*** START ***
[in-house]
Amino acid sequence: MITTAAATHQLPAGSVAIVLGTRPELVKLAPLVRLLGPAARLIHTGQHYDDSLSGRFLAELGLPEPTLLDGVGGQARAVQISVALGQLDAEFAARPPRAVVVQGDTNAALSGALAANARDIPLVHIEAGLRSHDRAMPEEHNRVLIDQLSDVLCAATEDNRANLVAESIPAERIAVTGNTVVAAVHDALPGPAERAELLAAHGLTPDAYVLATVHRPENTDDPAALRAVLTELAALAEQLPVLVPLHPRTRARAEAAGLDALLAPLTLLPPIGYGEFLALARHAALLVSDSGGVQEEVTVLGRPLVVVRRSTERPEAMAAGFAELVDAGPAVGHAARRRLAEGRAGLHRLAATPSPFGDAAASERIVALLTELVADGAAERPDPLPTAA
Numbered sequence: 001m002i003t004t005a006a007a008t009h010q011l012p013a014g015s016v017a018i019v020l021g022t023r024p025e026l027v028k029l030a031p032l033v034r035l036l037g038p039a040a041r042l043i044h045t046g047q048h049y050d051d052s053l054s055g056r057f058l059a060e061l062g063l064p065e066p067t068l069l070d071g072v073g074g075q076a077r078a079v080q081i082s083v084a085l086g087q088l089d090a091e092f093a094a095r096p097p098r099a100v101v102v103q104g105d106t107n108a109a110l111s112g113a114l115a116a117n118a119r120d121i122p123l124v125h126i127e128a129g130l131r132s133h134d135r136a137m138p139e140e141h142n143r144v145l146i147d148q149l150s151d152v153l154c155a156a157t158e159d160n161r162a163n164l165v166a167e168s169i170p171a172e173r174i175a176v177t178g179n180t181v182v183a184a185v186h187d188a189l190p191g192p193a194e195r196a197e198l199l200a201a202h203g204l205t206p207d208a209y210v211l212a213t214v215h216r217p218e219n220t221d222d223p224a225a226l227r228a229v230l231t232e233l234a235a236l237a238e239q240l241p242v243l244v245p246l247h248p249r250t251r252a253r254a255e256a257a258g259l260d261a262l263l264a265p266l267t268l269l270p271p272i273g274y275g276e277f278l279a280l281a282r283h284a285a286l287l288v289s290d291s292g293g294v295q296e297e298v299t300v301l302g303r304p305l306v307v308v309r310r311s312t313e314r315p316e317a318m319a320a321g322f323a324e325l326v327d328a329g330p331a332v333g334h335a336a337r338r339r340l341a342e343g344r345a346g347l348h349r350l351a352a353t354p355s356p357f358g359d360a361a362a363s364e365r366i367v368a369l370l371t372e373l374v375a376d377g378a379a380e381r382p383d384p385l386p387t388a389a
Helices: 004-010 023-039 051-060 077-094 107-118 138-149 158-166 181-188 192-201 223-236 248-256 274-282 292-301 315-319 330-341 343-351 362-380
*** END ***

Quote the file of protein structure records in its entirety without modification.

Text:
[in-house]
Amino acid sequence: MITTAAATHQLPAGSVAIVLGTRPELVKLAPLVRLLGPAARLIHTGQHYDDSLSGRFLAELGLPEPTLLDGVGGQARAVQISVALGQLDAEFAARPPRAVVVQGDTNAALSGALAANARDIPLVHIEAGLRSHDRAMPEEHNRVLIDQLSDVLCAATEDNRANLVAESIPAERIAVTGNTVVAAVHDALPGPAERAELLAAHGLTPDAYVLATVHRPENTDDPAALRAVLTELAALAEQLPVLVPLHPRTRARAEAAGLDALLAPLTLLPPIGYGEFLALARHAALLVSDSGGVQEEVTVLGRPLVVVRRSTERPEAMAAGFAELVDAGPAVGHAARRRLAEGRAGLHRLAATPSPFGDAAASERIVALLTELVADGAAERPDPLPTAA
Numbered sequence: 001m002i003t004t005a006a007a008t009h010q011l012p013a014g015s016v017a018i019v020l021g022t023r024p025e026l027v028k029l030a031p032l033v034r035l036l037g038p039a040a041r042l043i044h045t046g047q048h049y050d051d052s053l054s055g056r057f058l059a060e061l062g063l064p065e066p067t068l069l070d071g072v073g074g075q076a077r078a079v080q081i082s083v084a085l086g087q088l089d090a091e092f093a094a095r096p097p098r099a100v101v102v103q104g105d106t107n108a109a110l111s112g113a114l115a116a117n118a119r120d121i122p123l124v125h126i127e128a129g130l131r132s133h134d135r136a137m138p139e140e141h142n143r144v145l146i147d148q149l150s151d152v153l154c155a156a157t158e159d160n161r162a163n164l165v166a167e168s169i170p171a172e173r174i175a176v177t178g179n180t181v182v183a184a185v186h187d188a189l190p191g192p193a194e195r196a197e198l199l200a201a202h203g204l205t206p207d208a209y210v211l212a213t214v215h216r217p218e219n220t221d222d223p224a225a226l227r228a229v230l231t232e233l234a235a236l237a238e239q240l241p242v243l244v245p246l247h248p249r250t251r252a253r254a255e256a257a258g259l260d261a262l263l264a265p266l267t268l269l270p271p272i273g274y275g276e277f278l279a280l281a282r283h284a285a286l287l288v289s290d291s292g293g294v295q296e297e298v299t300v301l302g303r304p305l306v307v308v309r310r311s312t313e314r315p316e317a318m319a320a321g322f323a324e325l326v327d328a329g330p331a332v333g334h335a336a337r338r339r340l341a342e343g344r345a346g347l348h349r350l351a352a353t354p355s356p357f358g359d360a361a362a363s364e365r366i367v368a369l370l371t372e373l374v375a376d377g378a379a380e381r382p383d384p385l386p387t388a389a
Helices: 004-010 023-039 051-060 077-094 107-118 138-149 158-166 181-188 192-201 223-236 248-256 274-282 292-301 315-319 330-341 343-351 362-380